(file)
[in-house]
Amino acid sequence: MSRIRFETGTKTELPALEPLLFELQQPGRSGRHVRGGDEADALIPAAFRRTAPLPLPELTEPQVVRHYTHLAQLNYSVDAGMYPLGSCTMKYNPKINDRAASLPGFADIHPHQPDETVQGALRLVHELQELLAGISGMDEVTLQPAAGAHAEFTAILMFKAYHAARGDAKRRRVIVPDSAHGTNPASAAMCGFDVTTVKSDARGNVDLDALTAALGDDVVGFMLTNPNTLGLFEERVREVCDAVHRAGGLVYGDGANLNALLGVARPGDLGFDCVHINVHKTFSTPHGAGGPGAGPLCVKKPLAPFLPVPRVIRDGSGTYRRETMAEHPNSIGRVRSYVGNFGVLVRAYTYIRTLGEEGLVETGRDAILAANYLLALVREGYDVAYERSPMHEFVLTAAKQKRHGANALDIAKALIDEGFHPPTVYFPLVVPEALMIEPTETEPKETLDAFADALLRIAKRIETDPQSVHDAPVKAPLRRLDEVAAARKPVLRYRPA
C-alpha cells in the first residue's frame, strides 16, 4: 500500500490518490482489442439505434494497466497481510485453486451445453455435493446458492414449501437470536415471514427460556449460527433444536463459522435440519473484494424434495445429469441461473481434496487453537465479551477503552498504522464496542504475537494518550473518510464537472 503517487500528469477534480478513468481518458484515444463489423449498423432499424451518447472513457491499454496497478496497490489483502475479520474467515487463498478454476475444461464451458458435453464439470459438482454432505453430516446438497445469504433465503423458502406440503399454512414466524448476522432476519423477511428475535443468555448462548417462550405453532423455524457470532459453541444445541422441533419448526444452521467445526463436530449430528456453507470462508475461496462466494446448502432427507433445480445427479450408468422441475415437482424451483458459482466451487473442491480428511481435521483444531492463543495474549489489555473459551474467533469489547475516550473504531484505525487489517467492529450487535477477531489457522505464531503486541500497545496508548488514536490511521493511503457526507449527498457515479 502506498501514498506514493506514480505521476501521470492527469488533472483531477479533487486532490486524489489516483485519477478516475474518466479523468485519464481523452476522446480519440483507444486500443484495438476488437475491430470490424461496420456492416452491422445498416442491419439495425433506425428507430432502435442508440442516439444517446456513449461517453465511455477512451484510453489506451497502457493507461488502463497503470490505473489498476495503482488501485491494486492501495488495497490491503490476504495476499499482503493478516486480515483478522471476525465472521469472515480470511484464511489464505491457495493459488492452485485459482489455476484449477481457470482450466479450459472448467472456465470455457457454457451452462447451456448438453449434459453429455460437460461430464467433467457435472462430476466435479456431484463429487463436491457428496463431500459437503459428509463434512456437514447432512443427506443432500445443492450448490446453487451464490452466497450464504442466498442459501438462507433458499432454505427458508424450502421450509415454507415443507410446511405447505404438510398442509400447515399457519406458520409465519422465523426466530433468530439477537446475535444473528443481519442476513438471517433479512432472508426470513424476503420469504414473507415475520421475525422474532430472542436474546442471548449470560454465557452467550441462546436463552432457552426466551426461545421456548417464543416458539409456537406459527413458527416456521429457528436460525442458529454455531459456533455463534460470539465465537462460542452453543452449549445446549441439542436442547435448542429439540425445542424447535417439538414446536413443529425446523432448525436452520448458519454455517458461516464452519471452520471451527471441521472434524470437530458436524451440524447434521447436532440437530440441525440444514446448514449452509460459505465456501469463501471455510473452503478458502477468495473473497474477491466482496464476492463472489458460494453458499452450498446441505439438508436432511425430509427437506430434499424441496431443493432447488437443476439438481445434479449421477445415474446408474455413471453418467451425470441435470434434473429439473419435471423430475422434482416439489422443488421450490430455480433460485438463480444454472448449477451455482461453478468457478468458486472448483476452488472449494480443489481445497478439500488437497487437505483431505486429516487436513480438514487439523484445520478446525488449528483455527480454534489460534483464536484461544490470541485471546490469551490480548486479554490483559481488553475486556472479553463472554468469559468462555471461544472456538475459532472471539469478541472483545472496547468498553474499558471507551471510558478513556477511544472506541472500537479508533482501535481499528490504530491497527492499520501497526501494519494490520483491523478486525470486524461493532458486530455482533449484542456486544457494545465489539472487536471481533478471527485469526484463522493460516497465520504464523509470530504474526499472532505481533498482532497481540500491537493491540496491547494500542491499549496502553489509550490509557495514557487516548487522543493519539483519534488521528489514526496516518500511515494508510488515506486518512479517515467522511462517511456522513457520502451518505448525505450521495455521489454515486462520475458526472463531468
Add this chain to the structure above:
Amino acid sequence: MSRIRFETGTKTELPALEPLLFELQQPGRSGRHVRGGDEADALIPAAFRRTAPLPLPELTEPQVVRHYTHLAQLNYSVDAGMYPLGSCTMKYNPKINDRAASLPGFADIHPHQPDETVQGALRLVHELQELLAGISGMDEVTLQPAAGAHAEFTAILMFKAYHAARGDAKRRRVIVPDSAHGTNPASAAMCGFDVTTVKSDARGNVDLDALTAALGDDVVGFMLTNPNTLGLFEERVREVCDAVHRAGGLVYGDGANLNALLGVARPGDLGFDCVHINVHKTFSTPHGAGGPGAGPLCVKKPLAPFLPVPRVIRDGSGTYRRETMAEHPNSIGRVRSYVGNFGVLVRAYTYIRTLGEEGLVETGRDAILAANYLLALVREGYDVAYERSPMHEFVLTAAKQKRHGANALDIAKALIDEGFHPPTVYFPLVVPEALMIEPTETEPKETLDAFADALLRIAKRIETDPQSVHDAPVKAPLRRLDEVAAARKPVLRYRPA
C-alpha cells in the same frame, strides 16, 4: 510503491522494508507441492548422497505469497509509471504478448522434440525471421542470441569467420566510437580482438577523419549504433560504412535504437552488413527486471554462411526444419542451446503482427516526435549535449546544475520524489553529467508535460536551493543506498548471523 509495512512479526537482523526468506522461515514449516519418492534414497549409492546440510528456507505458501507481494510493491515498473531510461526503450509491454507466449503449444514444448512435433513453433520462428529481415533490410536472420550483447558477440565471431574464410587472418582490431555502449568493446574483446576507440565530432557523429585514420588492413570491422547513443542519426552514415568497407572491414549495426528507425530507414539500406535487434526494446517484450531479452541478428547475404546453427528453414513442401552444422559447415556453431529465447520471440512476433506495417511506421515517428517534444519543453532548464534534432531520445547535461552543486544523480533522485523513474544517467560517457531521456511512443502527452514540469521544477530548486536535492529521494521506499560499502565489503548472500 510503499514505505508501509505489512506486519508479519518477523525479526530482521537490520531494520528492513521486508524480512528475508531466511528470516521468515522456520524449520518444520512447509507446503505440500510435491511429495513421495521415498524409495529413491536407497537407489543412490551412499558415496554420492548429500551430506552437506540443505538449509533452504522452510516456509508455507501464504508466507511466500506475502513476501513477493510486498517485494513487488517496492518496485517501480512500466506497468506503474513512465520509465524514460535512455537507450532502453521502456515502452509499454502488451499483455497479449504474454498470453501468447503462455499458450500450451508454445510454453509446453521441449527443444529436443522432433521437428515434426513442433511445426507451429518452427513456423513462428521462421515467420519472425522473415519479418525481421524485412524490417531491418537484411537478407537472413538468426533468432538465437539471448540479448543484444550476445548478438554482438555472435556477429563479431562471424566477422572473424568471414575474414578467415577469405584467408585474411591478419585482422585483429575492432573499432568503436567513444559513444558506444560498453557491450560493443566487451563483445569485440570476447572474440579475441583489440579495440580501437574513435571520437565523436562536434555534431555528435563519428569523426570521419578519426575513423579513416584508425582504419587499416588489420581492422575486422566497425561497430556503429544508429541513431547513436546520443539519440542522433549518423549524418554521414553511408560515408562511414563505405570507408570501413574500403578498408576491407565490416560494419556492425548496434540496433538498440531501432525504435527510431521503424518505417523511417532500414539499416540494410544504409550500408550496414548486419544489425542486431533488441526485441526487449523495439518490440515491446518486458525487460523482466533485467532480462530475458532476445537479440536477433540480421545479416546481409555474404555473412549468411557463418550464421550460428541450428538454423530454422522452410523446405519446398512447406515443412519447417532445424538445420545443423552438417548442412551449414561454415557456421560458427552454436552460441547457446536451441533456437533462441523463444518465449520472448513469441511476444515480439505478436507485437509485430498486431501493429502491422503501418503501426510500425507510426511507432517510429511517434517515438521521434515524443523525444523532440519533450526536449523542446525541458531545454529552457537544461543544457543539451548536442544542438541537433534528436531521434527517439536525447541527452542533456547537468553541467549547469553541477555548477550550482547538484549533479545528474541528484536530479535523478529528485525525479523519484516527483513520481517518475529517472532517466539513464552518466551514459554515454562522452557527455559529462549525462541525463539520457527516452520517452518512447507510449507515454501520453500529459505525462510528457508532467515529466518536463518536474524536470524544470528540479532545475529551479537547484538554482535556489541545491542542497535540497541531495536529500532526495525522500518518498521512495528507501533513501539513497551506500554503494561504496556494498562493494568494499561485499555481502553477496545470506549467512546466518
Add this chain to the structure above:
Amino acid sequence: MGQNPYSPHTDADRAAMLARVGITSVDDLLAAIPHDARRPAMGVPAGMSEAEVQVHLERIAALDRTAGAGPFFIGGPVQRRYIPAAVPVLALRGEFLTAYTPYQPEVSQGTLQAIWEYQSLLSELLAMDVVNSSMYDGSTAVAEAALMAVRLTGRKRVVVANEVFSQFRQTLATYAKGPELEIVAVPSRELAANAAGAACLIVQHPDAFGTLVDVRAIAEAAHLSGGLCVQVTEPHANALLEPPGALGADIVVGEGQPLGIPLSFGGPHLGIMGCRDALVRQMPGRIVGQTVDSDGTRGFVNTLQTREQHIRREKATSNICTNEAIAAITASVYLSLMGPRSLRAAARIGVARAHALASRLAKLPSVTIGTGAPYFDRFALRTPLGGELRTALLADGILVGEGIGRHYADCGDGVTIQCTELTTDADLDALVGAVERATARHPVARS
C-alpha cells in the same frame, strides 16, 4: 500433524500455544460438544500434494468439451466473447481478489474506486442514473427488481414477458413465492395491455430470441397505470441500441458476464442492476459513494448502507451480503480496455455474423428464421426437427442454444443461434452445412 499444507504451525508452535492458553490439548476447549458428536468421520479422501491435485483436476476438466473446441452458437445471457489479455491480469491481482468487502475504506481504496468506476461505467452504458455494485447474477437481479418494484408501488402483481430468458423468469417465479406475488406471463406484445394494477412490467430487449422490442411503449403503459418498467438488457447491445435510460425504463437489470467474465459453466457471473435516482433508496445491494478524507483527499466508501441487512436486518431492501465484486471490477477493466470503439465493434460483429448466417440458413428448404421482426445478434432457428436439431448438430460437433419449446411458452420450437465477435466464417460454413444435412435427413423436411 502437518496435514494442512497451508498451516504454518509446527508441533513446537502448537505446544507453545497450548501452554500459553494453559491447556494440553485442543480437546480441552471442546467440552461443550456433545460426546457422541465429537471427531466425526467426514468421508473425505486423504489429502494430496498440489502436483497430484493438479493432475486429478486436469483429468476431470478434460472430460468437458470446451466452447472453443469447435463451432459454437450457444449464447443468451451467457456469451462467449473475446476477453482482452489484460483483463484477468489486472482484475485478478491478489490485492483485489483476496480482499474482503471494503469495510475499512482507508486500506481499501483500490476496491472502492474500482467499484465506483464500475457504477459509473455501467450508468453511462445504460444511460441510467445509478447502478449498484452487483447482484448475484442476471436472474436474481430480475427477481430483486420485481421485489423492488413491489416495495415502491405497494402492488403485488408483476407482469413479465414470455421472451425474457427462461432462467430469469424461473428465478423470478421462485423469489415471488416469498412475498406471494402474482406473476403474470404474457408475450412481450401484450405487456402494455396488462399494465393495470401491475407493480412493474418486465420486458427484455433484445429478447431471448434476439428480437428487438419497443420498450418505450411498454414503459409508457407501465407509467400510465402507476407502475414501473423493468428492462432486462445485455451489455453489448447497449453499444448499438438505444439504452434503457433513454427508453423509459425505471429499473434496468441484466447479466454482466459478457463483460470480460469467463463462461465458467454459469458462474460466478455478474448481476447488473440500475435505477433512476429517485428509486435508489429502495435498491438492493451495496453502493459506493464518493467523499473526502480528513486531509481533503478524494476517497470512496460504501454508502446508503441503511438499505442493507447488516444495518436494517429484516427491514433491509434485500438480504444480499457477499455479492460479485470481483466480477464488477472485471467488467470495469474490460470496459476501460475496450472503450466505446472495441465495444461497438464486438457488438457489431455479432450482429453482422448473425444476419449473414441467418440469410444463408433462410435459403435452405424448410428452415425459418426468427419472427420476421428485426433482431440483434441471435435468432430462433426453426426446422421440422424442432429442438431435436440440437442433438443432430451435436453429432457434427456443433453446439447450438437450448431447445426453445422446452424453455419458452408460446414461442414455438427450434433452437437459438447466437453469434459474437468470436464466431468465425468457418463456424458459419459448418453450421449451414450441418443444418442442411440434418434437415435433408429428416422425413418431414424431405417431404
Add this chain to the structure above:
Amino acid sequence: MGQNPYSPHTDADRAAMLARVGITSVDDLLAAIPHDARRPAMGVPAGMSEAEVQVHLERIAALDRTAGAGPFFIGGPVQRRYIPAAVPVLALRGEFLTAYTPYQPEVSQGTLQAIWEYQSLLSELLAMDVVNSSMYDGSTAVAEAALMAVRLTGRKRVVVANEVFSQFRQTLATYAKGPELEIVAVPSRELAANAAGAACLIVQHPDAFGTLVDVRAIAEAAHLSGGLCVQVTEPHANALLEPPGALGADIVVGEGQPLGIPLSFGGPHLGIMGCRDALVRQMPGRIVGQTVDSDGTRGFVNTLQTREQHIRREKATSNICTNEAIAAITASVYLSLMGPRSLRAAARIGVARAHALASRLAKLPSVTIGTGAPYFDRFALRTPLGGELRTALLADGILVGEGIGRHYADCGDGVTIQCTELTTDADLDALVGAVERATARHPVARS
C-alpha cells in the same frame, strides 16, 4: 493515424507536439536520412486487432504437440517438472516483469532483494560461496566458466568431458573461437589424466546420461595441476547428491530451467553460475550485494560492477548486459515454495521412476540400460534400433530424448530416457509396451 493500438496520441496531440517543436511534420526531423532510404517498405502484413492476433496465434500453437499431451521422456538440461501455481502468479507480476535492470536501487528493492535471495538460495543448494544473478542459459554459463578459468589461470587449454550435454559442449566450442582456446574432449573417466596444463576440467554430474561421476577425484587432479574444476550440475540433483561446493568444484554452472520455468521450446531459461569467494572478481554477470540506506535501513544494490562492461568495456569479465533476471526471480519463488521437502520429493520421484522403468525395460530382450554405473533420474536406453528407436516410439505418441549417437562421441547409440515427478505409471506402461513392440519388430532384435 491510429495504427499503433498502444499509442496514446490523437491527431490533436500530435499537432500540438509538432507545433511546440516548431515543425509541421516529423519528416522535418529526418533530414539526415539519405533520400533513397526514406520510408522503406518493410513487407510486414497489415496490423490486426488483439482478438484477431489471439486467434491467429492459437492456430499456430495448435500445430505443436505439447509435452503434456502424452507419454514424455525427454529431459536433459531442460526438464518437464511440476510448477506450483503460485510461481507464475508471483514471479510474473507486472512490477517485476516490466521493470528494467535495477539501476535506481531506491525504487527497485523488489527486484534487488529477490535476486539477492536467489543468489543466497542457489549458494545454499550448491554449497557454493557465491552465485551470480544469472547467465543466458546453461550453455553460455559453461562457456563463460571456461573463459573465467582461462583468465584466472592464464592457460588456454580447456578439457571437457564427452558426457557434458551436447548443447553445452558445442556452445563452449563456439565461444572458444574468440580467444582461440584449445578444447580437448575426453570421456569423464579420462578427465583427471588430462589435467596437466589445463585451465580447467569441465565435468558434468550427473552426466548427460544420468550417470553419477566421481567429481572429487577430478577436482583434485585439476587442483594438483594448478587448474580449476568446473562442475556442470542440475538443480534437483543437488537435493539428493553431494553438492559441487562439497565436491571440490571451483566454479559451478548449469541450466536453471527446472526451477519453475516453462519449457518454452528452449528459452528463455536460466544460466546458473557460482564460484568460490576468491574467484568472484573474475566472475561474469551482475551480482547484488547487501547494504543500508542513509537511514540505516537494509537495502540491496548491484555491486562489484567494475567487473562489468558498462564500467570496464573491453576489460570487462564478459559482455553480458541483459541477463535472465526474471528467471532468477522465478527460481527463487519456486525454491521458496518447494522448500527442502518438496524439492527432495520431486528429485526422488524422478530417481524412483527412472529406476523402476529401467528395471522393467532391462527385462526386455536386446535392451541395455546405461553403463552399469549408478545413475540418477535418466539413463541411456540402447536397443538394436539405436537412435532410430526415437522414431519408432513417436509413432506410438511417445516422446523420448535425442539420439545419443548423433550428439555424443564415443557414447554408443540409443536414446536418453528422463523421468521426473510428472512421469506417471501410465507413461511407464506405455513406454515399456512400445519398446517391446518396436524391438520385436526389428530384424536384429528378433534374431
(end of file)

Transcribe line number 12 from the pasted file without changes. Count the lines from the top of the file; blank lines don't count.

C-alpha cells in the same frame, strides 16, 4: 493515424507536439536520412486487432504437440517438472516483469532483494560461496566458466568431458573461437589424466546420461595441476547428491530451467553460475550485494560492477548486459515454495521412476540400460534400433530424448530416457509396451 493500438496520441496531440517543436511534420526531423532510404517498405502484413492476433496465434500453437499431451521422456538440461501455481502468479507480476535492470536501487528493492535471495538460495543448494544473478542459459554459463578459468589461470587449454550435454559442449566450442582456446574432449573417466596444463576440467554430474561421476577425484587432479574444476550440475540433483561446493568444484554452472520455468521450446531459461569467494572478481554477470540506506535501513544494490562492461568495456569479465533476471526471480519463488521437502520429493520421484522403468525395460530382450554405473533420474536406453528407436516410439505418441549417437562421441547409440515427478505409471506402461513392440519388430532384435 491510429495504427499503433498502444499509442496514446490523437491527431490533436500530435499537432500540438509538432507545433511546440516548431515543425509541421516529423519528416522535418529526418533530414539526415539519405533520400533513397526514406520510408522503406518493410513487407510486414497489415496490423490486426488483439482478438484477431489471439486467434491467429492459437492456430499456430495448435500445430505443436505439447509435452503434456502424452507419454514424455525427454529431459536433459531442460526438464518437464511440476510448477506450483503460485510461481507464475508471483514471479510474473507486472512490477517485476516490466521493470528494467535495477539501476535506481531506491525504487527497485523488489527486484534487488529477490535476486539477492536467489543468489543466497542457489549458494545454499550448491554449497557454493557465491552465485551470480544469472547467465543466458546453461550453455553460455559453461562457456563463460571456461573463459573465467582461462583468465584466472592464464592457460588456454580447456578439457571437457564427452558426457557434458551436447548443447553445452558445442556452445563452449563456439565461444572458444574468440580467444582461440584449445578444447580437448575426453570421456569423464579420462578427465583427471588430462589435467596437466589445463585451465580447467569441465565435468558434468550427473552426466548427460544420468550417470553419477566421481567429481572429487577430478577436482583434485585439476587442483594438483594448478587448474580449476568446473562442475556442470542440475538443480534437483543437488537435493539428493553431494553438492559441487562439497565436491571440490571451483566454479559451478548449469541450466536453471527446472526451477519453475516453462519449457518454452528452449528459452528463455536460466544460466546458473557460482564460484568460490576468491574467484568472484573474475566472475561474469551482475551480482547484488547487501547494504543500508542513509537511514540505516537494509537495502540491496548491484555491486562489484567494475567487473562489468558498462564500467570496464573491453576489460570487462564478459559482455553480458541483459541477463535472465526474471528467471532468477522465478527460481527463487519456486525454491521458496518447494522448500527442502518438496524439492527432495520431486528429485526422488524422478530417481524412483527412472529406476523402476529401467528395471522393467532391462527385462526386455536386446535392451541395455546405461553403463552399469549408478545413475540418477535418466539413463541411456540402447536397443538394436539405436537412435532410430526415437522414431519408432513417436509413432506410438511417445516422446523420448535425442539420439545419443548423433550428439555424443564415443557414447554408443540409443536414446536418453528422463523421468521426473510428472512421469506417471501410465507413461511407464506405455513406454515399456512400445519398446517391446518396436524391438520385436526389428530384424536384429528378433534374431